Havens: Well, first of all, it was a great, great team effort that David Bradley – the owner – kind of kicked off. But really it was the hiring of Justin Smith, who had launched The Week magazine, who then wanted to bring in lots of new people and really rethink the business, and was bold enough and aggressive enough to make the major changes. You can’t really be effective if you’re not bold or aggressive. If you tinker around the edges, nothing gets fixed. I was a piece of that digital team. The first thing I learned was teamwork. It takes a team – talent and team.  Technology and other parts of the business are important, but it’s really a people business. I mentioned it before, but without being bold or aggressive, or ruffling feathers, or breaking eggs, whatever phrase you want to use, you don’t make the changes. I’d say another lesson is to get into new businesses, both adjacent businesses – for us live events was a very successful endeavor. And other things like continuing education, which I was pushing The Atlantic in, before I left – looking at it people read The Atlantic in print and digital to become smarter and more engaged, why not go as far as having online classes, live seminars, with professors from Yale, Harvard, Duke – and we did a few of those that were successful. That was key to the turn around. It wasn’t going to be “let’s just invest in the digital and hope print stabilizes.” We’ve moved a big amount of money into live events, so that was good. An object in motion tends to stay in motion and vice versa, and at The Atlantic, we kept moving. And the press from the changes in The Atlantic, which is super important for the media business, because in some ways perception becomes reality. The Atlantic is a great example where you have a really strong communications team, you get consistent placement for the innovations you’re doing, and people think you’re wildly successful, and they want to work with you – they want to work for you – and they want to place advertising with you; it’s a self fulfilling circle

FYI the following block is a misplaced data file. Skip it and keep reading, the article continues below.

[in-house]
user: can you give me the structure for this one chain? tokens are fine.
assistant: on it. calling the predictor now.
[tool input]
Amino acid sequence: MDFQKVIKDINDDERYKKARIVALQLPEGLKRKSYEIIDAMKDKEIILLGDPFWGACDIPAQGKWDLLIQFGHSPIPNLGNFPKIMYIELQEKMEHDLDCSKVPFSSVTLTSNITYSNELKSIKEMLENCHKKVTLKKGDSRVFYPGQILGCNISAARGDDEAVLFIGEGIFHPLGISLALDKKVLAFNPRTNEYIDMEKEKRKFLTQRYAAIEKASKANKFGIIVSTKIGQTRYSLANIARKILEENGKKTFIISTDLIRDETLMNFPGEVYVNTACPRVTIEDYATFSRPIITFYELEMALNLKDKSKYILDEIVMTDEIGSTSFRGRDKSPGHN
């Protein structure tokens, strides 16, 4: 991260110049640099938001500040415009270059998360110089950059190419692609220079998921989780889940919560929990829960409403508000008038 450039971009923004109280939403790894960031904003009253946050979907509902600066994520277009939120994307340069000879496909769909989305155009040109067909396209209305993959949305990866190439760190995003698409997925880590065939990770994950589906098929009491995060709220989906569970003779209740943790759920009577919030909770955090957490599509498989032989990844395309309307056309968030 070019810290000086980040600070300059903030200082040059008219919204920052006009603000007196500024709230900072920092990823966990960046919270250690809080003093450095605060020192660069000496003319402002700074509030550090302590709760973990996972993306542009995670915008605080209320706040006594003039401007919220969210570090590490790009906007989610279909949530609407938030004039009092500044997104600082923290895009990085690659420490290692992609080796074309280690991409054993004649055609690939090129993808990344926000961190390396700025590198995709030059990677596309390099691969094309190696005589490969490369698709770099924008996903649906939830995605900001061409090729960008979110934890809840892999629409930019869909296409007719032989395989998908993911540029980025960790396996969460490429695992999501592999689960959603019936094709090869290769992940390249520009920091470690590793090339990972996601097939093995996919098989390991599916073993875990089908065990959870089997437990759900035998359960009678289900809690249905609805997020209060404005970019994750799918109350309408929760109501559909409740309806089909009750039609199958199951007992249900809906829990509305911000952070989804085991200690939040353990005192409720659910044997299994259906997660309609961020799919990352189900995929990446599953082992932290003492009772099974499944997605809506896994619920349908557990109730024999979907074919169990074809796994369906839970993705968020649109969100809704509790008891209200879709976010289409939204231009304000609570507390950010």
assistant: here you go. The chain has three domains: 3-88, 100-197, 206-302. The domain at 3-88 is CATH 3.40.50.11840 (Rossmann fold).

DPR: You recently joined Time. What was the first big change you made?

Havens: It was an interesting time because we were under a fixed deadline to spin off from Time Warner, so we had a couple months. There were a couple of redesigns, replatforms of our sites, that had to come off, I sort of inherited that. It was a lot of making sure we could do the best with what we had, making sure we had the staff we needed, and working. I think the first thing, because I mentioned it before as being the most important thing, is an assessment of the team. I really tried to spend as much time as I could with the brand general managers, product teams, engineers, to see if we had the right people. And it turns out we really didn’t. Time Warner had had a succession of CEOs and every time a CEO comes in they change the process, and it’s tough on morale. And if you’re not passionate about what you do – whether it’s media or manufacturing- you’re not going to perform. So we basically ended turning over all of the general managers of the brands and product leads and bringing in new talented leads, because those were the people who could make it happen. And then we relaunched every single site and replatformed and that was a lot of work – some of these sites are huge – you’re basically changing a tire at 60 miles per hour. We’re still dealing with some legacy issues, maybe some short-cuts we made.

DPR: Are there any publications you think have handled the transition going from print to digital particularly well?